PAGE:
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Python Duck Typing, LBYL, EAFP

Duck Typing

A programming style which does not look at an object’s type to determine if it has the right interface; instead, the method or attribute is simply called or used (“If it looks like a duck and quacks like a duck, it must be a duck.”) By emphasizing interfaces rather than specific types, well-designed code improves its flexibility by allowing polymorphic substitution. Duck-typing avoids tests using type() or isinstance(). (Note, however, that duck-typing can be complemented with abstract base classes.) Instead, it typically employs hasattr() tests or EAFP programming.

class Duck:

    def quack(self):
        print('Quack, quack')

    def fly(self):
        print('Flap, Flap!')


class Person:

    def quack(self):
        print("I'm Quacking Like a Duck!")

    def fly(self):
        print("I'm Flapping my Arms!")


# Not Duck-Typed (Non-Pythonic)
def quack_and_fly(thing):
    if isinstance(thing, Duck):
        thing.quack()
        thing.fly()
    else:
        print('This has to be a Duck!')


d = Duck()
quack_and_fly(d)
# Quack, quack
# Flap, Flap!

p = Person()
quack_and_fly(p)
# This has to be a Duck!

EAFP

Easier to ask for forgiveness than permission. This common Python coding style assumes the existence of valid keys or attributes and catches exceptions if the assumption proves false. This clean and fast style is characterized by the presence of many try and except statements. The technique contrasts with the LBYL style common to many other languages such as C.

class Duck:

    def quack(self):
        print('Quack, quack')

    def fly(self):
        print('Flap, Flap!')


class Person:

    def quack(self):
        print("I'm Quacking Like a Duck!")

    def fly(self):
        print("I'm Flapping my Arms!")


# LBYL (Look before you leap) (Non-Pythonic)
def quack_and_fly(thing):
    if hasattr(thing, 'quack'):
        if callable(thing.quack):
            thing.quack()

    if hasattr(thing, 'fly'):
        if callable(thing.fly):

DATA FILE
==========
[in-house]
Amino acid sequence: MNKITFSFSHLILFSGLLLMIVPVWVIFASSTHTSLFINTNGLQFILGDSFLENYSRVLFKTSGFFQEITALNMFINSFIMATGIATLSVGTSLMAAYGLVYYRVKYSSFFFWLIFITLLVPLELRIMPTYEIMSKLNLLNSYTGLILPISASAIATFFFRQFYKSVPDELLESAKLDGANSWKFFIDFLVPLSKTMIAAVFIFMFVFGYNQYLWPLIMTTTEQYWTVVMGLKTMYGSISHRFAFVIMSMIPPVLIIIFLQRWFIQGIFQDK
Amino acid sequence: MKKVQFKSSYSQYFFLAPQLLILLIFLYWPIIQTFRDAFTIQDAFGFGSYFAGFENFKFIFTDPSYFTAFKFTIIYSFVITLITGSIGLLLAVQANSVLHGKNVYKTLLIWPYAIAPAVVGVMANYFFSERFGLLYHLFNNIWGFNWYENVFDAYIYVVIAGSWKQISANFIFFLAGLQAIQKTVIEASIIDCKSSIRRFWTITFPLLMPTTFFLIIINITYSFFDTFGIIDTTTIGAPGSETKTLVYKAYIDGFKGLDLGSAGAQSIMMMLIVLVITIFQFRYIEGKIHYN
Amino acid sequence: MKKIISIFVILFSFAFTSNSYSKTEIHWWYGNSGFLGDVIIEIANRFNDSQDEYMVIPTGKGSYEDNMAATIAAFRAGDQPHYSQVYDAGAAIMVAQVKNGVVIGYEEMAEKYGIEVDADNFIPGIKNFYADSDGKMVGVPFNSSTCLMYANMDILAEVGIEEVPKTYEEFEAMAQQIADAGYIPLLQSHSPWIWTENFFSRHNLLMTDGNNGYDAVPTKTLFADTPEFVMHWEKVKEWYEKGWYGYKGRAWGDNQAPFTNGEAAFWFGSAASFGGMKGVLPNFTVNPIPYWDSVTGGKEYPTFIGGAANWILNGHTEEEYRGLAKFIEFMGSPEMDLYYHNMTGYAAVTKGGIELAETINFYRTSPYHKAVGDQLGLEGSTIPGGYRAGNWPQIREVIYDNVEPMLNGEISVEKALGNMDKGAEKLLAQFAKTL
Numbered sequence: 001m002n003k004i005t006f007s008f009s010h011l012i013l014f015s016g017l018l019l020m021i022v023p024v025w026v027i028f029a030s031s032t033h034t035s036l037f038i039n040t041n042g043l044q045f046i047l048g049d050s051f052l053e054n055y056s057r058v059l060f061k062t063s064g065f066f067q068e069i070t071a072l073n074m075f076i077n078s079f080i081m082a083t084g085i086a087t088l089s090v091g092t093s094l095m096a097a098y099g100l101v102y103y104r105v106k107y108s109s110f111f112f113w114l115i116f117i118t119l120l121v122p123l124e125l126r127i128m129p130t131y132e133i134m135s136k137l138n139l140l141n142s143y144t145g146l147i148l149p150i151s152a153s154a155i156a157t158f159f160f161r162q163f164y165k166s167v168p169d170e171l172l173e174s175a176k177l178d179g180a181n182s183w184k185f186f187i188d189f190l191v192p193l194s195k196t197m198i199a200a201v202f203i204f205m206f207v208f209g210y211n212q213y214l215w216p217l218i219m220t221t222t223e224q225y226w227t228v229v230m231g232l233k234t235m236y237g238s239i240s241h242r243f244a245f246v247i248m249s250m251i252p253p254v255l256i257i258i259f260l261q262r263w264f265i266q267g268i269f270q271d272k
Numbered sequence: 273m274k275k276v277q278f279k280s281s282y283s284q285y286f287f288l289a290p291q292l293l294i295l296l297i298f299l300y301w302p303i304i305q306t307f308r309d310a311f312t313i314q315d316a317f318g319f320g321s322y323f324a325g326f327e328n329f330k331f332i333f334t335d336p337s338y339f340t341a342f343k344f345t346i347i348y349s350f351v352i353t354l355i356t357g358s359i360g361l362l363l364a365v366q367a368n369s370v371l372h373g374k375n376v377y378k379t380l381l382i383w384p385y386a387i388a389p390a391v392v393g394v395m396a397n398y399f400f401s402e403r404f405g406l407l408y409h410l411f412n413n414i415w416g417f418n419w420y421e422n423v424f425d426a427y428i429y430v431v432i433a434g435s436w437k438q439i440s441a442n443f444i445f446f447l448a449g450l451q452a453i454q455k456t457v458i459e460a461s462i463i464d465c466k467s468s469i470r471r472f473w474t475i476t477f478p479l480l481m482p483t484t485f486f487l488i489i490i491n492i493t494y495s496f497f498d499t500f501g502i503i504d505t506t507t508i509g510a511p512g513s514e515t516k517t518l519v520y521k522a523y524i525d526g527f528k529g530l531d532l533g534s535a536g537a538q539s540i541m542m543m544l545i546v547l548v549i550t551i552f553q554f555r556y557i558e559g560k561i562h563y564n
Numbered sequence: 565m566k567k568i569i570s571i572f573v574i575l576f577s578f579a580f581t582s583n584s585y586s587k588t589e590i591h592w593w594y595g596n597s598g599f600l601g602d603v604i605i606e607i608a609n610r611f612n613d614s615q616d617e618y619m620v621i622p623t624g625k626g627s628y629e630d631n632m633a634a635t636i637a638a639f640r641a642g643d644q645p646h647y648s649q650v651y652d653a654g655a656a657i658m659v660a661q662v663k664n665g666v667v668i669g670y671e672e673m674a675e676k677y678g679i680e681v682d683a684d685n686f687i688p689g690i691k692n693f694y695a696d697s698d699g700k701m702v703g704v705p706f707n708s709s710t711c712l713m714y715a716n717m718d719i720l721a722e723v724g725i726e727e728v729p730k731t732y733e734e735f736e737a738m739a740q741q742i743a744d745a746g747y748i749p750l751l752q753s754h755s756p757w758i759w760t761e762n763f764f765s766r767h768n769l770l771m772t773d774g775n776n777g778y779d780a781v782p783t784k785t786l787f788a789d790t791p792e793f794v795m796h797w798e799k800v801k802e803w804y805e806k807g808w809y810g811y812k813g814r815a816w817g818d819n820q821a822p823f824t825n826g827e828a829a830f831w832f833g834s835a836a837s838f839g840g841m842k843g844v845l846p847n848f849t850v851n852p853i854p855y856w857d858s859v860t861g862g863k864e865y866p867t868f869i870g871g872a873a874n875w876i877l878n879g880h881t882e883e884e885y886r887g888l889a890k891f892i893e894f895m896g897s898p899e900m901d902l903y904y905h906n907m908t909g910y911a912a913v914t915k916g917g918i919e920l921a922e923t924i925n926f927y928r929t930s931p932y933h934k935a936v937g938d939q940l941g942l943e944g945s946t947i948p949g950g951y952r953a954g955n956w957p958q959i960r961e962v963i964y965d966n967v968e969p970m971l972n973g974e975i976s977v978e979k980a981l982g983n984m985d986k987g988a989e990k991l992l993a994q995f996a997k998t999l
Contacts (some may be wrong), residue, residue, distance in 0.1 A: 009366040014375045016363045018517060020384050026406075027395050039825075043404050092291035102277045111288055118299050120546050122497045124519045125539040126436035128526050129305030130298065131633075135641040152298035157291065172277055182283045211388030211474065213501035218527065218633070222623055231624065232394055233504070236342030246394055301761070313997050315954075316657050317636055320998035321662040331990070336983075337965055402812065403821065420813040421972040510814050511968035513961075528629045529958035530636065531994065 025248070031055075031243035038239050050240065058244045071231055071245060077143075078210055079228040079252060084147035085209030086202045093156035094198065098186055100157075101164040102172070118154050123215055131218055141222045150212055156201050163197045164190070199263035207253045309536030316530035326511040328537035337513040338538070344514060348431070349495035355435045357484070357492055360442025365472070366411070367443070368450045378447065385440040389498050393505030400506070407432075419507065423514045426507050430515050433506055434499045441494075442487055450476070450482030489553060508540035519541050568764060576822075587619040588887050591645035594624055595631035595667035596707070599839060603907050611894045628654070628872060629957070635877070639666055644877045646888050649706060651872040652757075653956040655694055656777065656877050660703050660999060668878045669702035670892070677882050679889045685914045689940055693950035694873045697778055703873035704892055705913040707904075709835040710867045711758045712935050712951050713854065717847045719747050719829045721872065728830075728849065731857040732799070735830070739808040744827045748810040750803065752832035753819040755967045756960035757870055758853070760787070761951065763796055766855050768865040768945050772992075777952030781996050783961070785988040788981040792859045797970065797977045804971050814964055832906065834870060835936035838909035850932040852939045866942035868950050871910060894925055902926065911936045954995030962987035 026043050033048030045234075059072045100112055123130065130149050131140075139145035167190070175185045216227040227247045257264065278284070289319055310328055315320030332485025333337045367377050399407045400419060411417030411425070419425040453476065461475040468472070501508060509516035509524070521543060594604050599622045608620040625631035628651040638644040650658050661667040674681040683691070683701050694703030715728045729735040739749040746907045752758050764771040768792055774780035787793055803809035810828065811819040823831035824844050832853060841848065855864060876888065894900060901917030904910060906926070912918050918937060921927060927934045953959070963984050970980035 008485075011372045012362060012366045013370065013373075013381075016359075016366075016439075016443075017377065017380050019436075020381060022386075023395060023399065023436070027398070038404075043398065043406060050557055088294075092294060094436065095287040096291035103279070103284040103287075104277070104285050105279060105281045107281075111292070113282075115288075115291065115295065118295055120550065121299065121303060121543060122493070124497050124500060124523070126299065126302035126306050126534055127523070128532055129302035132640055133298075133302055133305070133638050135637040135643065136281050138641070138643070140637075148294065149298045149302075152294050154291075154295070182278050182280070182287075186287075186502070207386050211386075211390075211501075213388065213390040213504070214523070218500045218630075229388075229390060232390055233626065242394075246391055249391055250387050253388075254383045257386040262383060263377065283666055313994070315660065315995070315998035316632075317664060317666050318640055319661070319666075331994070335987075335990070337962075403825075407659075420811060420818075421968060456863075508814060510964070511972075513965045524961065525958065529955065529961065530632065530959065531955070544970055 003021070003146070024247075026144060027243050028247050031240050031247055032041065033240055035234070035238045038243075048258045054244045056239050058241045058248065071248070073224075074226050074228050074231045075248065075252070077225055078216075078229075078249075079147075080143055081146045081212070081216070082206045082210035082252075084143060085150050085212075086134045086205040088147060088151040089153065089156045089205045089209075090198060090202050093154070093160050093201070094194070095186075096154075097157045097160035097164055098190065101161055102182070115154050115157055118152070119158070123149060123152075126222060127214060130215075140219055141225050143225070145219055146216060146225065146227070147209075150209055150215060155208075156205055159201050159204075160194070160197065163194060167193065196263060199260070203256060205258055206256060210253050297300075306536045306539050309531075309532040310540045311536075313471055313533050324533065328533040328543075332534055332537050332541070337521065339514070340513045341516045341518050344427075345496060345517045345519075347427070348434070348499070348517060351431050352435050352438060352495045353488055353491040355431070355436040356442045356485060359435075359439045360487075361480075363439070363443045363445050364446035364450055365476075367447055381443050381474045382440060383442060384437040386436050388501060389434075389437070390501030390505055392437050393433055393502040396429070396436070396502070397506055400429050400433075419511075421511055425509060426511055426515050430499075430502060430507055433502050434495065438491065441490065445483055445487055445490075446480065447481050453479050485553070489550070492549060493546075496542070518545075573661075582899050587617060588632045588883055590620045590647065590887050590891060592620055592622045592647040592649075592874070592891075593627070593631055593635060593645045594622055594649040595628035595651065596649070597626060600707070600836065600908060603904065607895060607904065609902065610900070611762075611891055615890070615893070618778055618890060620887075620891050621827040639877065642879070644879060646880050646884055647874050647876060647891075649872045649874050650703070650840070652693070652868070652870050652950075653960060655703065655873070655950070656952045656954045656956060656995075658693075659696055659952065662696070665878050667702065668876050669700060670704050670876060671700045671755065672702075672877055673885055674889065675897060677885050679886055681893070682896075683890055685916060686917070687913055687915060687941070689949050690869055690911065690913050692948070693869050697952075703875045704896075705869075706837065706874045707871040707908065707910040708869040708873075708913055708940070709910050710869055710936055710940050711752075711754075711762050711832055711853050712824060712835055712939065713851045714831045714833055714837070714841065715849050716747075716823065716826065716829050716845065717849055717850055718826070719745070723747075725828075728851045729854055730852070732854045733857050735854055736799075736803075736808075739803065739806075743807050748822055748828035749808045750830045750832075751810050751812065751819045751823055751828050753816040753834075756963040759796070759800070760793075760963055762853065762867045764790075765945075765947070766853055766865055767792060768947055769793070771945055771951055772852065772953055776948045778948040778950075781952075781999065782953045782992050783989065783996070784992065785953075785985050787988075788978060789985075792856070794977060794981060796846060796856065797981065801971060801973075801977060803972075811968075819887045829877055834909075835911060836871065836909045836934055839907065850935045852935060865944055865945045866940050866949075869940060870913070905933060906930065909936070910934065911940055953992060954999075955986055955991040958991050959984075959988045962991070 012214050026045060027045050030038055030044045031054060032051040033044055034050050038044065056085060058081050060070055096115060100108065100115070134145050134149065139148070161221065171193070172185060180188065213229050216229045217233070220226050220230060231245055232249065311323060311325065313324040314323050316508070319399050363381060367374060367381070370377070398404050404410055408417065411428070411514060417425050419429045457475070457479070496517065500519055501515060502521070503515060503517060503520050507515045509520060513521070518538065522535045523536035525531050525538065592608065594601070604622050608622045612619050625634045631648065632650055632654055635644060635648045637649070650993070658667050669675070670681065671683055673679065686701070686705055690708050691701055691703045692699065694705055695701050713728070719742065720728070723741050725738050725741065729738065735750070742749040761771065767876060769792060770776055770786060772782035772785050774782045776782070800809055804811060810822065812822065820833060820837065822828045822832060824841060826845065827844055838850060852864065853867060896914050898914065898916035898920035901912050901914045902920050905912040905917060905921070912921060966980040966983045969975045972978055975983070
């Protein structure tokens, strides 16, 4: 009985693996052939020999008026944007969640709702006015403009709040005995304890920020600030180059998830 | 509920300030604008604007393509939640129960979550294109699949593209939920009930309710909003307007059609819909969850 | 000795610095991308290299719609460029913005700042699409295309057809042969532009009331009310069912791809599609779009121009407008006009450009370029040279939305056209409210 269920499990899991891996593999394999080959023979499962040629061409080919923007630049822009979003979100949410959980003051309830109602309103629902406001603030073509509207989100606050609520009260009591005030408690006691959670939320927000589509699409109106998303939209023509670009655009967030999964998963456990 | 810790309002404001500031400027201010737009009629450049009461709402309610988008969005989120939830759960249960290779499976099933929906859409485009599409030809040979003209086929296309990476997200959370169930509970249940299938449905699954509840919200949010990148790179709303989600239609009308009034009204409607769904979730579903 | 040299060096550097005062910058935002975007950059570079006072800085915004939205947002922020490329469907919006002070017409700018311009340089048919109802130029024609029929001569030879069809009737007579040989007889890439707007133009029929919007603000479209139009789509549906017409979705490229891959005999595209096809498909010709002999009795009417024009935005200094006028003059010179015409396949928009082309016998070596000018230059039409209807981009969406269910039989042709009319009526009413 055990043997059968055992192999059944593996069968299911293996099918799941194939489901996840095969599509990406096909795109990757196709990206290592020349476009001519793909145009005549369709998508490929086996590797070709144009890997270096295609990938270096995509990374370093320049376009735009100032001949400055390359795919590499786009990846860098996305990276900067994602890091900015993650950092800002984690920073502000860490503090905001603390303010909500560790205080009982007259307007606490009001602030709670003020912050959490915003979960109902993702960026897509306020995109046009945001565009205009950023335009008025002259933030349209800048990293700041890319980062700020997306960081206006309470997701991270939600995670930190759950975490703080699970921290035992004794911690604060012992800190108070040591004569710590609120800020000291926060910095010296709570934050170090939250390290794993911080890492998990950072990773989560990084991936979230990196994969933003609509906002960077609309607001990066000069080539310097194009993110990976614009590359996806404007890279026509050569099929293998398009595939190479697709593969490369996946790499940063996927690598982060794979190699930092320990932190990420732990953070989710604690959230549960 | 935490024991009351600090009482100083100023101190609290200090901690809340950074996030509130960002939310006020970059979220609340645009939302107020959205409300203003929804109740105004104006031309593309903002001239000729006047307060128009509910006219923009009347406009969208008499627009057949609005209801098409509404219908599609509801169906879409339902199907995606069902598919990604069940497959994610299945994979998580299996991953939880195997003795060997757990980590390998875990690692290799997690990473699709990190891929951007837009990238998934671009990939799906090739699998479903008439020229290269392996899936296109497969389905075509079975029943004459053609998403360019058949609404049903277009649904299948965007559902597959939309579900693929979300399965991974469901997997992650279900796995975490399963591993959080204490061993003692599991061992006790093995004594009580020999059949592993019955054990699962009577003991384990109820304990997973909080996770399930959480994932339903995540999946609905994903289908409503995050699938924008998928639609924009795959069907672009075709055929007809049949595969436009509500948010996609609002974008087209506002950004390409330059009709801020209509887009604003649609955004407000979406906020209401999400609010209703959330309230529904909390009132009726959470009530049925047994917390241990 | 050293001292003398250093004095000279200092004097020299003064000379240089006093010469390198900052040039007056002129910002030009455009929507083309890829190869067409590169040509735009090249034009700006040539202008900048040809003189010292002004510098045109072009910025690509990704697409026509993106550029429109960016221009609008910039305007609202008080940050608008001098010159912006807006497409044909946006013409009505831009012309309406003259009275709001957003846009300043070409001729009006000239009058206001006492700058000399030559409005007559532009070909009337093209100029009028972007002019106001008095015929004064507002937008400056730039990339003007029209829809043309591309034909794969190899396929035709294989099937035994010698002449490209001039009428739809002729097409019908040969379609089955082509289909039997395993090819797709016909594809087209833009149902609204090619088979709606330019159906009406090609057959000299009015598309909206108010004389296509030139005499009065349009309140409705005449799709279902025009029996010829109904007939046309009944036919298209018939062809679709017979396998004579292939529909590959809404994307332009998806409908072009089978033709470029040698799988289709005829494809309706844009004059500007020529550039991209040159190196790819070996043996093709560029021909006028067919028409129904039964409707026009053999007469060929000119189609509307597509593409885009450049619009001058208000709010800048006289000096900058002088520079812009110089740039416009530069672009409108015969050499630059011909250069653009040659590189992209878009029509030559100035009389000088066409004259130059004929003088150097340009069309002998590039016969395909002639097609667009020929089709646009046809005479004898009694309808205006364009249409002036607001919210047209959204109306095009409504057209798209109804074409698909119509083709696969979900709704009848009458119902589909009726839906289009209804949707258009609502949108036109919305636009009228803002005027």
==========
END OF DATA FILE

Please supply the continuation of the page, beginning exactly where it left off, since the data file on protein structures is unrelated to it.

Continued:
thing.fly()


d = Duck()
quack_and_fly(d)
# Quack, quack
# Flap, Flap!

p = Person()
quack_and_fly(p)
# I'm Quacking Like a Duck!
# I'm Flapping my Arms!

LBYL

Look before you leap. This coding style explicitly tests for pre-conditions before making calls or lookups. This style contrasts with the EAFP approach and is characterized by the presence of many if statements.

In a multi-threaded environment, the LBYL approach can risk introducing a race condition between “the looking” and “the leaping”. For example, the code, if key in mapping: return mapping[key] can fail if another thread removes key from mapping after the test, but before the lookup. This issue can be solved with locks or by using the EAFP approach.

class Duck:

    def quack(self):
        print('Quack, quack')

    def fly(self):
        print('Flap, Flap!')


class Person:

    def quack(self):
        print("I'm Quacking Like a Duck!")

    def fly(self):
        print("I'm Flapping my Arms!")


# EAFP (Easier to ask forgiveness than permission) (Pythonic)
def quack_and_fly(thing):
    try:
        thing.quack()
        thing.fly()
        thing.bark()
    except AttributeError as e:
        print(e)


d = Duck()
quack_and_fly(d)
# Quack, quack
# Flap, Flap!
# 'Duck' object has no attribute 'bark'

p = Person()
quack_and_fly(p)
# I'm Quacking Like a Duck!
# I'm Flapping my Arms!
# 'Person' object has no attribute 'bark'

LBYL (Look before you leap) (Non-Pythonic)

person = {'name': 'Jim', 'age': 25}
person_missing = {'name': 'Jack'}

# LBYL (Look before you leap) (Non-Pythonic)
def print_person(person):
    if 'name' in person and 'age' in person:
        print(f'I am {person["name"]}. I am {person["age"]} years old.')
    else:
        print('Missing some key.')


print_person(person) # I am Jim. I am 25 years old.
print_person(person_missing) # Missing some key.

EAFP (Easier to ask forgiveness than permission) (Pythonic)

person = {'name': 'Jim', 'age': 25}
person_missing = {'name': 'Jack'}

# EAFP (Easier to ask forgiveness than permission) (Pythonic)
def print_person(person):
    try:
        print(f'I am {person["name"]}. I am {person["age"]} years old.')
    except KeyError as e:
        print(f'Missing {e} key.')


print_person(person) # I am Jim. I am 25 years old.
print_person(person_missing) # Missing 'age' key.

LBYL (Look before you leap) (Non-Pythonic)

my_list = [1, 2, 3, 4, 5]
my_list_short = [1, 2, 3, 4]

# LBYL (Look before you leap) (Non-Pythonic)
def print_list(list):
    if len(list) >= 5:
        print(list[4])
    else:
        print('That index does not exist')

print_list(my_list) # 5
print_list(my_list_short) # That index does not exist

EAFP (Easier to ask forgiveness than permission) (Pythonic)

my_list = [1, 2, 3, 4, 5]
my_list_short = [1, 2, 3, 4]

# EAFP (Easier to ask forgiveness than permission) (Pythonic)
def print_list(list):
    try:
        print(list[4])
    except IndexError as e:
        print(f'{e}')

print_list(my_list) # 5
print_list(my_list_short) # list index out of range

LBYL (Look before you leap) (Non-Pythonic)

import os

my_file = 'data.txt'

# LBYL (Look before you leap) (Non-Pythonic)
# Race-Condition
if os.access(my_file, os.R_OK):
    with open(my_file) as f:
        print(f.read())
else:
    print('File cannot be accessed')

EAFP (Easier to ask forgiveness than permission) (Pythonic)

import os

my_file = 'data.txt'

# EAFP (Easier to ask forgiveness than permission) (Pythonic)
# No Race-Condition
try:
    f = open(my_file)
except IOError as e:
    print(e) # [Errno 2] No such file or directory: 'data.txt'
else:
    with f:
        print(f.read())

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